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5′-AMP-activated protein kinase increases glucose uptake independent of GLUT4 translocation in cardiac myocytes

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Glucose uptake and glycolysis are increased in the heart during ischemia, and this metabolic alteration constitutes an important contributing factor towards ischemic injury. Therefore, it is important to understand glucose uptake regulation in the ischemic heart. There are primarily 2 glucose transporters controlling glucose uptake into cardiac myocytes: GLUT1 and GLUT4. In the non-ischemic heart, insulin stimulates GLUT4 translocation to the sarcolemmal membrane, while both GLUT1 and GLUT4 translocation can occur following AMPK stimulation. Using a newly developed technique involving [3H]2-deoxyglucose, we measured glucose uptake in H9c2 ventricular myoblasts, and demonstrated that while insulin has no detectable effect on glucose uptake, phenformin-induced AMPK activation increases glucose uptake 2.5-fold. Furthermore, insulin treatment produced no discernible effect on either Akt serine 473 phosphorylation or AMPKα threonine 172 phosphorylation, while treatment with phenformin results in an increase in AMPKα threonine 172 phosphorylation, and a decrease in Akt serine 473 phosphorylation. Visualization of a dsRed-GLUT4 fusion construct in H9c2 cells by laser confocal microscopy showed that unlike insulin, AMPK activation did not redistribute GLUT4 to the sarcolemmal membrane, suggesting that AMPK may regulate glucose uptake via another glucose transporter. These studies suggest that AMPK is a major regulator of glucose uptake in cardiac myocytes.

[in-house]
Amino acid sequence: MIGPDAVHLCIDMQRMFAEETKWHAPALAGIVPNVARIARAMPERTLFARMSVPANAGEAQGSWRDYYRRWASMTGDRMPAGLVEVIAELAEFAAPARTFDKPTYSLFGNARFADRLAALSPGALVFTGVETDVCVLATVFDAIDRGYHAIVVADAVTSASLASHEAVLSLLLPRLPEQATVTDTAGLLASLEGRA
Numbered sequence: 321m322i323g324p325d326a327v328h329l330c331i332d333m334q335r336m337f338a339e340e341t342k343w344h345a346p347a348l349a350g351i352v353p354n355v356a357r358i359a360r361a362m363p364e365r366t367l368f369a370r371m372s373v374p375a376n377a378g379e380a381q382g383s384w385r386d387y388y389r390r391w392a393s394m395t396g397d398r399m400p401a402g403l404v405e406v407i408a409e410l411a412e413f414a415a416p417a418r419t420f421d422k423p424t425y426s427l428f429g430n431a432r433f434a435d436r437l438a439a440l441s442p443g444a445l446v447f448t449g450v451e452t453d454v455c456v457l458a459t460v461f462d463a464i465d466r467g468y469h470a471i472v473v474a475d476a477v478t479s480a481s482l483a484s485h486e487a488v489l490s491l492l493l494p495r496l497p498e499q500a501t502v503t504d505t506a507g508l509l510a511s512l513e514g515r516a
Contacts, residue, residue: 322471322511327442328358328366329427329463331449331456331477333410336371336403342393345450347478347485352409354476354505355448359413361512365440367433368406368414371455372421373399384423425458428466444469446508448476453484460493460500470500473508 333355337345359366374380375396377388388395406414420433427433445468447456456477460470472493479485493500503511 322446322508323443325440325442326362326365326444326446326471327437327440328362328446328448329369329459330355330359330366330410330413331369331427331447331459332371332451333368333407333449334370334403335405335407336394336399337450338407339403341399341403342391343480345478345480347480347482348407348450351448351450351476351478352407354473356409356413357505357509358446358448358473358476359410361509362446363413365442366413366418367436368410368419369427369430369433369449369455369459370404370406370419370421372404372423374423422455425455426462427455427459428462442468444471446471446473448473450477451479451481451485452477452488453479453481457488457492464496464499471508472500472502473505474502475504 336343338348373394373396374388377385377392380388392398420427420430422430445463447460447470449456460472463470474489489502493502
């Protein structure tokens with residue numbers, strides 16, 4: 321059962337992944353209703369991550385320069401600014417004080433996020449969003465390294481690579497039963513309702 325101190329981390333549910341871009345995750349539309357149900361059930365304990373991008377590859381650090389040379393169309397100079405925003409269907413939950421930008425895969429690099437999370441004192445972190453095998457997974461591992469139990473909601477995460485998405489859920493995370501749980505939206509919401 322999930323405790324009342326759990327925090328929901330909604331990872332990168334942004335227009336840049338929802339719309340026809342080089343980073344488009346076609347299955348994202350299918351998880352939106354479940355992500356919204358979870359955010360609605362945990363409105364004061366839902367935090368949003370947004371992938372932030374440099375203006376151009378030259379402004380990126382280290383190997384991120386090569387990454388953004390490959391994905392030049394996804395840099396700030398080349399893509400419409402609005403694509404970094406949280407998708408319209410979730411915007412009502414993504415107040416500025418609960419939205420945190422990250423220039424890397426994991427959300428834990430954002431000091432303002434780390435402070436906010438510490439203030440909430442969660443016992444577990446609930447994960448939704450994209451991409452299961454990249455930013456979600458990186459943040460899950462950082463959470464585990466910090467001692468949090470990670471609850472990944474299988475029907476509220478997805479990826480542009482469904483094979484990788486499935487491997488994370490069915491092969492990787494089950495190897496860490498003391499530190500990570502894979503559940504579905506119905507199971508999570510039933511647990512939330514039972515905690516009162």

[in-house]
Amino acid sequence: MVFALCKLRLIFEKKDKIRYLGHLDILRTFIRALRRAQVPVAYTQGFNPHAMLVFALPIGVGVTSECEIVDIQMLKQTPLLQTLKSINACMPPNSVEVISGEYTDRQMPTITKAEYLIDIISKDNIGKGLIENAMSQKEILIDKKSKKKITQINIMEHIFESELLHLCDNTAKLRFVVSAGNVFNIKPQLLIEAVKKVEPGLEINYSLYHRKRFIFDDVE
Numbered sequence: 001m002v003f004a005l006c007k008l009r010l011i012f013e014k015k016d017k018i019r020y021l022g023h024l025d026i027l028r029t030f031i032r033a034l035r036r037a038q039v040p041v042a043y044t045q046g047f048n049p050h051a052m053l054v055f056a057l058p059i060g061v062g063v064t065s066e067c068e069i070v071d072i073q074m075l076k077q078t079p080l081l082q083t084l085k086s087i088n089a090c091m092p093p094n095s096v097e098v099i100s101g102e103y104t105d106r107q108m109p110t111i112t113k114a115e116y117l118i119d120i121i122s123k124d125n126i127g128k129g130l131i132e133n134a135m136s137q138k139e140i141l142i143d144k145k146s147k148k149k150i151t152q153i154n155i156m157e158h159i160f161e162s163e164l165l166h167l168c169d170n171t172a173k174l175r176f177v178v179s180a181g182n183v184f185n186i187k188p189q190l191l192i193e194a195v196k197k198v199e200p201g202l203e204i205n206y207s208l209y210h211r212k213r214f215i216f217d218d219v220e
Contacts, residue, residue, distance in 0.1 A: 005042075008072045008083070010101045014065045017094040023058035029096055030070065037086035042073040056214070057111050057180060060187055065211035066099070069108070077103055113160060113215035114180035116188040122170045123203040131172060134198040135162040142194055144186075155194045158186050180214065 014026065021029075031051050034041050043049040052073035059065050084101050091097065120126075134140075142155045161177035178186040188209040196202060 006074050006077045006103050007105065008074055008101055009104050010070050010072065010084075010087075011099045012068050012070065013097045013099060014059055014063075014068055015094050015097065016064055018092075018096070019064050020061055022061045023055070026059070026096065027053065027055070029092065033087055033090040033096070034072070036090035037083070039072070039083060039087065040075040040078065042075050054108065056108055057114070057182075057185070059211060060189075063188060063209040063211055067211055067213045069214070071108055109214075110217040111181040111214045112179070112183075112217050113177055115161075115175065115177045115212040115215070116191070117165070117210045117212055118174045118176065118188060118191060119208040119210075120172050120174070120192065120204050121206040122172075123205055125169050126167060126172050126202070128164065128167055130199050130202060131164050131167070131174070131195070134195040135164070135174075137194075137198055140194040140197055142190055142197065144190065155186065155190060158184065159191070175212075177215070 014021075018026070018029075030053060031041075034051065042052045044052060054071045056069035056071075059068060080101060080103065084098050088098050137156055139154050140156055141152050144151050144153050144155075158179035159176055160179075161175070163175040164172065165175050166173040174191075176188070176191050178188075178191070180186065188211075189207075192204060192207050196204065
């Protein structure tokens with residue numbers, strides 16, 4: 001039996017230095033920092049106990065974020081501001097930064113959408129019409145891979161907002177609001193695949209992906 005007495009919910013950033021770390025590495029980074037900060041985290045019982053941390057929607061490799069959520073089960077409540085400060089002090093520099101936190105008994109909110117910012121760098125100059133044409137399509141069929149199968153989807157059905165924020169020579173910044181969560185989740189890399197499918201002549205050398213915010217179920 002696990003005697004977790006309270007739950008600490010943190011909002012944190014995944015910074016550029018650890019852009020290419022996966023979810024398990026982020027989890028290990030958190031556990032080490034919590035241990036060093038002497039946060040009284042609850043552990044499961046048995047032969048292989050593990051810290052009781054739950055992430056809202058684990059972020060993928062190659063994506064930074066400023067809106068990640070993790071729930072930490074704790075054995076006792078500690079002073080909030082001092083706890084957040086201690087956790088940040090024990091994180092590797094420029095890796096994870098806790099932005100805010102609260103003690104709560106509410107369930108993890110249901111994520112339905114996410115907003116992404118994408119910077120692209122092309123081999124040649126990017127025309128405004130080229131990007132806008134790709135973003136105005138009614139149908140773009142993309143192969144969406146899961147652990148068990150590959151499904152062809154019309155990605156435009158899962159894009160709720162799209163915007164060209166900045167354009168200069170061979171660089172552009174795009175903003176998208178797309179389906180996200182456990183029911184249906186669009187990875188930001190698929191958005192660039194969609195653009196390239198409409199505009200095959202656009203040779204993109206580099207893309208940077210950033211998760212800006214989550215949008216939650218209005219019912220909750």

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Keywords: 2-deoxyglucose; 2-déoxyglucose; AMPK; GLUT4; captation de glucose; cardiac myocyte; glucose uptake; glycolyse; glycolysis; metabolism; myocytes cardiaques; métabolisme

Document Type: Research Article

Affiliations: 1: Cardiovascular Research Centre, Mazankowski Alberta Heart Institute, University of Alberta, 8440 112 Street NW, Edmonton, AB T6G 2P4, Canada. 2: Lunenfeld-Tanenbaum Research Institute, Mount Sinai Hospital, Joseph and Wolf Lebovic Health Complex, 600 University Avenue, Toronto, ON M5G 1X5, Canada.

Publication date: January 1, 2014

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